It will help to give the kids specific instructions both because deciding what to clean up first can take energy, and because the kids can get satisfaction from each small task-- especially if you offer rewards. Stickers and video game time are great rewards, but any set of rewards that is worth the set of task in the child's mind will work.

You can make it a game by having a list of areas or items that need to get cleaned up-- each with it's own sticker or other reward that is worth the task. The child chooses the room or area based on the reward they want, until all the rewards are gone (and the area is clean). You can even take pictures of each zone of the house-- when it is perfectly clean-- so that the kids know what the goal is. Once the table in the play room looks like the clean table in the picture, the kid gets the shiny sticker.

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Don't let it get that messy to begin with.

If you've given the kids free reign for 2½ days then it's no big wonder that cleaning up is almost impossible.

We have a house rule that all toys are cleared away before bedtime. This is part of the regular bedtime ritual. When you have guests over and the clutter is much worse, I would even add another clean-up round before lunch, or a similar mid-day break.

In this case, you would have broken your 2½-day mess down to five smaller tasks.

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I'm going to give a totally different answer to the others here and suggest that it's the parents' problem, not yours, so they should make sure it's cleaned up before they leave. Why should you have to clean up after their kids? They shouldn't be leaving your house in a state with you having to do lots of cleanup, so next time ask them to leave the house in the state they found it in.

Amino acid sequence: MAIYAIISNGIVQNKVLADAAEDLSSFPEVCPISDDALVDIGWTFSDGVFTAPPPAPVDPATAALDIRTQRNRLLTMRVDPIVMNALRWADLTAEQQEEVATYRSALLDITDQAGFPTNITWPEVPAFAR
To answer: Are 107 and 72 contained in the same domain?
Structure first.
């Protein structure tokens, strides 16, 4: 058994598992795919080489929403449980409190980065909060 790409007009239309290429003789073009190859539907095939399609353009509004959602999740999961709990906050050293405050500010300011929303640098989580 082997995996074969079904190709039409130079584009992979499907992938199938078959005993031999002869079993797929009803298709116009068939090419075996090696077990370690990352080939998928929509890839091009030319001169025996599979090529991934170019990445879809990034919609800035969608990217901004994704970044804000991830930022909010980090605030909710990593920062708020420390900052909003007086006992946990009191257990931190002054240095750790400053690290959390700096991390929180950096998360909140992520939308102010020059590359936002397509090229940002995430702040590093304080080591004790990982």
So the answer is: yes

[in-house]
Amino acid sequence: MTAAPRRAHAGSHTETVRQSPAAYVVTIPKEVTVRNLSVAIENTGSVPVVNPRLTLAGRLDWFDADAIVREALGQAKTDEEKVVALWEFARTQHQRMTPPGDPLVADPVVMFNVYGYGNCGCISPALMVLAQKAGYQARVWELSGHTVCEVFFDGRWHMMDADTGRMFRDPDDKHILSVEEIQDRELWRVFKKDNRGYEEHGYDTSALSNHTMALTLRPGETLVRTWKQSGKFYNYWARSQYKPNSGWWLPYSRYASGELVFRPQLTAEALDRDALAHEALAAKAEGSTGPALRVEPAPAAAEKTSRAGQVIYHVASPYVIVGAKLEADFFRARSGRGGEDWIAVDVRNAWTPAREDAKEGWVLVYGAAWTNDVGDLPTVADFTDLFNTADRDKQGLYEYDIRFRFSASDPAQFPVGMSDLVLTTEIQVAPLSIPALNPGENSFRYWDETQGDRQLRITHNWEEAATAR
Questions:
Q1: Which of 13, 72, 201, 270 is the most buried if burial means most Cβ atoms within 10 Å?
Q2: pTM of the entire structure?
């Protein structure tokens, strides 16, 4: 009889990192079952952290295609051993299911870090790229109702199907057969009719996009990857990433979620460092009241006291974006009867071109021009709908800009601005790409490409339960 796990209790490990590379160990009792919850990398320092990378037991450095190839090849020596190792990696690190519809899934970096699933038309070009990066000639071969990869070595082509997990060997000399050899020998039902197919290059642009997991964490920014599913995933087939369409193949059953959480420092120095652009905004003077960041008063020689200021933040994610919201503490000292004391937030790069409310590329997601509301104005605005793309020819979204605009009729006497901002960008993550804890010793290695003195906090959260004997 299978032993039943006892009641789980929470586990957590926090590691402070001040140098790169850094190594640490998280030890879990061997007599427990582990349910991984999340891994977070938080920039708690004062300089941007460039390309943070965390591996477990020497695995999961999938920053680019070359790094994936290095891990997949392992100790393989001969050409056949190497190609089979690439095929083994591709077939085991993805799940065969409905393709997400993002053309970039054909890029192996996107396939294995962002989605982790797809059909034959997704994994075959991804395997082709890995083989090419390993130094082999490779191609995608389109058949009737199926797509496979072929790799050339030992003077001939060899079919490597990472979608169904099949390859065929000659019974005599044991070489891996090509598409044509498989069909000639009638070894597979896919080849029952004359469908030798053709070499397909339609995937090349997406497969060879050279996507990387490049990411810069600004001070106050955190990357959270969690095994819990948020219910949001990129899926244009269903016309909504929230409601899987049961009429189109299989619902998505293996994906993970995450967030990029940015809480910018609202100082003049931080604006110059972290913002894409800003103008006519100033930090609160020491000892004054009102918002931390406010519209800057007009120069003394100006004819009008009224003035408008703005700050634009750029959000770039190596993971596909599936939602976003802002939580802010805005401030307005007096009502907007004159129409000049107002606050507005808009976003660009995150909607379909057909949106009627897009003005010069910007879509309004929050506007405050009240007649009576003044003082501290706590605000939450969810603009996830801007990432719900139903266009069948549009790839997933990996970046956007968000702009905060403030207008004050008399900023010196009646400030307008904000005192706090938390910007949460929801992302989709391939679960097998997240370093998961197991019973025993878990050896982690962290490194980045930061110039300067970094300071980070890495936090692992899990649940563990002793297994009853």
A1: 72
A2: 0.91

The other reason for making it the parent's problem is that it is hard to get kids to do things they wouldn't do ordinarily. If they don't clean up their toys at home then it will be hard to get them to do it at your house. If their parents clean up for them at home let them do it at your house too.

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1  
+1 for the second paragraph -- good insight. The first paragraph is a matter of how you define hospitality so it might not be universal. –  Torben Gundtofte-Bruun Dec 6 '12 at 15:18
    
I agree @TorbenGundtofte-Bruun, some may not think that way, I just thought it was important to say as none of the answers brought it up. –  GdD Dec 6 '12 at 15:45
    
It's not a matter of whose problem it is, my question is merely asking for a method to make the kids to feel good about the cleaning process. Of course the kids parents do tell their kids to start the cleaning, they don't clean for them, not even at their own house! (that would be ridiculous) –  tomek Dec 6 '12 at 19:11
    
That would be ridiculous, but it does happen in many homes! –  GdD Dec 7 '12 at 9:17